Montgomerie out of the Open

THE contrast was as stark as it was inevitable. As Luke Donald was celebrating his third victory of the year - and further justifying his world No 1 standing - so Colin Montgomerie was coming to terms with missing his first Open Championship in 22 years.

Donald’s glory in the Scottish Open was a shining victory at the end of a tournament ravaged by downpours so strong they led to landslides on the three-year-old layout. The event was controversially shortened to 54 holes to ensure the travel plans were not disrupted for those playing at Royal St George’s this week. But nobody could doubt the merits of the winner.

Donald made the journey to the Castle Stuart links in the Highlands knowing that Lee Westwood could rob him of the honour of becoming the first Britain in 18 years to take the No 1 ranking into his home Open.

Instead, the 33-year-old added daylight to the gap at the top of the standings and established himself as many people’s favourite to lift the claret jug on Sunday. Rory McIlroy or no Rory McIlroy.

His final-round 63 was peerlessly constructed, giving him a 19-under total, which was enough to beat Fredrik Andersson-Hed by four strokes; despite the Swede shooting a 62. What made Donald’s nine-under magnificence all the more impressive was that he was up at 4.30am to travel to the course to finish the nine holes left of his second round. And that came after getting up at 4.30am in preparation to do the same on Saturday. In the event the course five miles from Inverness was considered too wet to allow any play, but the players were kept waiting there until 7.30pm in the evening. Never has a truncated tournament felt like such a marathon.

“I am high in confidence going into the Open,” said Donald, making his first appearance at the Scottish Open in four years. “It was a long week and dragged on because of the weather. We had as much rain this week as they usually get in five months up here so it was good to win it and is good preparation for the Open.”

The trend-followers will doubt that. If Donald was to prevail this week he will make history as no player has ever won the Scottish Open and gone on to win the Open. “I am not superstitious in any shape or form,” said Donald.

Neither should he be. Donald has won three of the highest profile tournaments, outside of the majors, so far this season - the WGC Accenture Match Play Championship, the BMW PGA Championship and now the Scottish Open with its (pounds sterling)500,000 bonanza. This was his 16th top 10 in his last 18 tournaments, which is an incredible run of consistency.

As he aims for his first major title, Westwood will be content enough with his 12-under finish after a final round 68, as will Padraig Harrington on the same mark. But other than the winner it is fair to comment that most eyes were concentrated on the performance of Montgomerie. The former Ryder Cup captain needed to finish at least in the top five to grab the one berth for Royal St George’s. Somewhat ironically, that was claimed by another Scot in Scott Jamieson. A 10-foot putt on the final green took Jamieson into joint third and he claimed the spot by virtue of having a higher world ranking than Chile’s Mark Tullo, Italy’s Lorenzo Gagli and Austria’s Martin Wiegele.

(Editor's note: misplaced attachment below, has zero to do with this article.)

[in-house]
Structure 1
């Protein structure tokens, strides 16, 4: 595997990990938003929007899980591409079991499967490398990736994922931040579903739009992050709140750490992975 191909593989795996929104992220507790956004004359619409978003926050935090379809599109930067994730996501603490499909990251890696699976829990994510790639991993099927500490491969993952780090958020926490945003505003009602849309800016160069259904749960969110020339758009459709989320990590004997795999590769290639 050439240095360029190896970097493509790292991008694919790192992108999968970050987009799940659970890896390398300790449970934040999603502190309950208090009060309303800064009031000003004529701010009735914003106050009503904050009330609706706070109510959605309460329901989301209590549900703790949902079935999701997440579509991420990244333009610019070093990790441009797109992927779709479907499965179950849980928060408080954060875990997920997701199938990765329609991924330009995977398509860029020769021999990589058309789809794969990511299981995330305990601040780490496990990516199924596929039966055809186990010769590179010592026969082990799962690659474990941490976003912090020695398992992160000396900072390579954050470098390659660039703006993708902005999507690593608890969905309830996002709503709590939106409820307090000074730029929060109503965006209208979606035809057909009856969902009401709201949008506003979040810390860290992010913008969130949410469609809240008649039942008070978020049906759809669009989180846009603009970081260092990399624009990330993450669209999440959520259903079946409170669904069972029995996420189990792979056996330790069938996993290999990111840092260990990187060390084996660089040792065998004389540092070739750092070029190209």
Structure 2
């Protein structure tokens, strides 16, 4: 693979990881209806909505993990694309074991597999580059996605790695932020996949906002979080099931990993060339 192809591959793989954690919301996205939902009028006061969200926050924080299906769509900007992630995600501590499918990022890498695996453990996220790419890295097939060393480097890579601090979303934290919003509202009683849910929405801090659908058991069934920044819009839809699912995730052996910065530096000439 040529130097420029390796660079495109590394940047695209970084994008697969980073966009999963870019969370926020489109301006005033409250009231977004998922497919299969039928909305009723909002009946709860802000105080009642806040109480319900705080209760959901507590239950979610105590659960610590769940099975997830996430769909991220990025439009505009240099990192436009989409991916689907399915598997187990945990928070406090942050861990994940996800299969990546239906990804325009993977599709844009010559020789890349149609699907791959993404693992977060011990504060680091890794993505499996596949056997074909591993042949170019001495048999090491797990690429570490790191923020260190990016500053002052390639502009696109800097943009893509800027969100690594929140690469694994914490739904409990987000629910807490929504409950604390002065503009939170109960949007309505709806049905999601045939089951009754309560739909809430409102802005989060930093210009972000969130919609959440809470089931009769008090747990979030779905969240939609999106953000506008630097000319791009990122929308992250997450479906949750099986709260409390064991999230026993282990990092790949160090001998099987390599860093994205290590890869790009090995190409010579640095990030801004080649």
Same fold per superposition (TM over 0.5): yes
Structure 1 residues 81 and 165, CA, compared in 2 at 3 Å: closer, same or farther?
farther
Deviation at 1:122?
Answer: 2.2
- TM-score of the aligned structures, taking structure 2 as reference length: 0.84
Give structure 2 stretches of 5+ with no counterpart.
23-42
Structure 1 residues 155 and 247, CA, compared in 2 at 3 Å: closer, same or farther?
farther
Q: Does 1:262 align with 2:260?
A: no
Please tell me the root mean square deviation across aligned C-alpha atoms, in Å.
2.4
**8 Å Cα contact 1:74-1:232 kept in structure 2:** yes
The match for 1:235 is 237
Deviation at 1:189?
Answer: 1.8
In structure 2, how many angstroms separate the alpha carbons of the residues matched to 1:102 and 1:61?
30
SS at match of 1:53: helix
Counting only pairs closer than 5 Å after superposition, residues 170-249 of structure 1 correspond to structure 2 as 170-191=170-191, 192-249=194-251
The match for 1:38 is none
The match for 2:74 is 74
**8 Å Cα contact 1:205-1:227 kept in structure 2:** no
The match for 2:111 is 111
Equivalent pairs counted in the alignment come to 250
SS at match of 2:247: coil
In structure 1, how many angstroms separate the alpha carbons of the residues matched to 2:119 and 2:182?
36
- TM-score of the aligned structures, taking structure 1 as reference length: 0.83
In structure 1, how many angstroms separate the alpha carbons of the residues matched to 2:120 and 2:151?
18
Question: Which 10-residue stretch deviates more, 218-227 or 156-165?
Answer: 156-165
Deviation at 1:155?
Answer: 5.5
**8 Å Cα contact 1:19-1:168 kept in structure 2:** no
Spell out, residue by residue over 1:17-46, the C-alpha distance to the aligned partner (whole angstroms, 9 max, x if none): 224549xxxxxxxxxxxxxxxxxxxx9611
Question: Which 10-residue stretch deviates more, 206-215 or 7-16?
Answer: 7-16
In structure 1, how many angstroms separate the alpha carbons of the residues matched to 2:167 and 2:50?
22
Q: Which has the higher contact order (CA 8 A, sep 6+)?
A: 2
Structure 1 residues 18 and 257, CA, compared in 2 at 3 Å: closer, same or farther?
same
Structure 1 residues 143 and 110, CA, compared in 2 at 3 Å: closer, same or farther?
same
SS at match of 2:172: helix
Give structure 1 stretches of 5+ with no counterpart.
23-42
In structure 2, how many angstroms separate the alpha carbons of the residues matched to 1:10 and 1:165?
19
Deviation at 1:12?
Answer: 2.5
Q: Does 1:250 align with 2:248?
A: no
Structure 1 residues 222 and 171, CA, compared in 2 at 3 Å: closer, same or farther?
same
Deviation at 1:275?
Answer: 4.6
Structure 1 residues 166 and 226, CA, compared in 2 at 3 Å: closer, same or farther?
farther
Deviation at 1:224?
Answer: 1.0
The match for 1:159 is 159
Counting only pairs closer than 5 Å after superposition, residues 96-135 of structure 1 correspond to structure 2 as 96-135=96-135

It had looked so promising for Montgomerie when he eagled the second and then birdied the sixth to claim a share of the lead at 11-under. But a double-bogey five on the short 11th - after a fluffed a chip - saw his challenge die. After successive bogeys from the 13th, Montgomerie responded by making three straight birdies, but a final-round 70 wasn’t enough. So for the first time since Royal Birkdale, 1989, the Open’s entry sheet will not feature the name Montgomerie. “It was going well and then I sort of ran out of puff,” said Montgomerie, whose 10-under finish must still be considered respectable for a 48-year-old ranked down in 285th. “I’ll be driving home and it will sink in. It was always too soon, too short. So there you go. A week off next week. I’ll start again and I’m a lot more hopeful than I was three weeks ago. These events have been much better.”

Montgomerie had been rightly proud of making it into every Open for the past two decades, even coming through a qualifying event twice. “When you haven’t won it you’ve always got to find a way in and I did it for 21 years,” he said. “Most careers don’t last that long.”

He was far more philosophical than when told of the decision to shorten the Scottish Open on Saturday: “The fact that the players are competing for a (pounds sterling)500,000 first prize shows how big this event is. And it should be played out over 72 holes - that would still allow those competing in The Open Championship to get down to it on Monday afternoon or Monday night.

“Obviously, the Tour has been in touch with the sponsors Barclays and they’ve Ok’d reducing the event to 54 holes. But you would think if theBellSouth Classic can go over into the Monday of the Masters week, then the Scottish Open can do it. There is no doubt this event should be 72 holes.”

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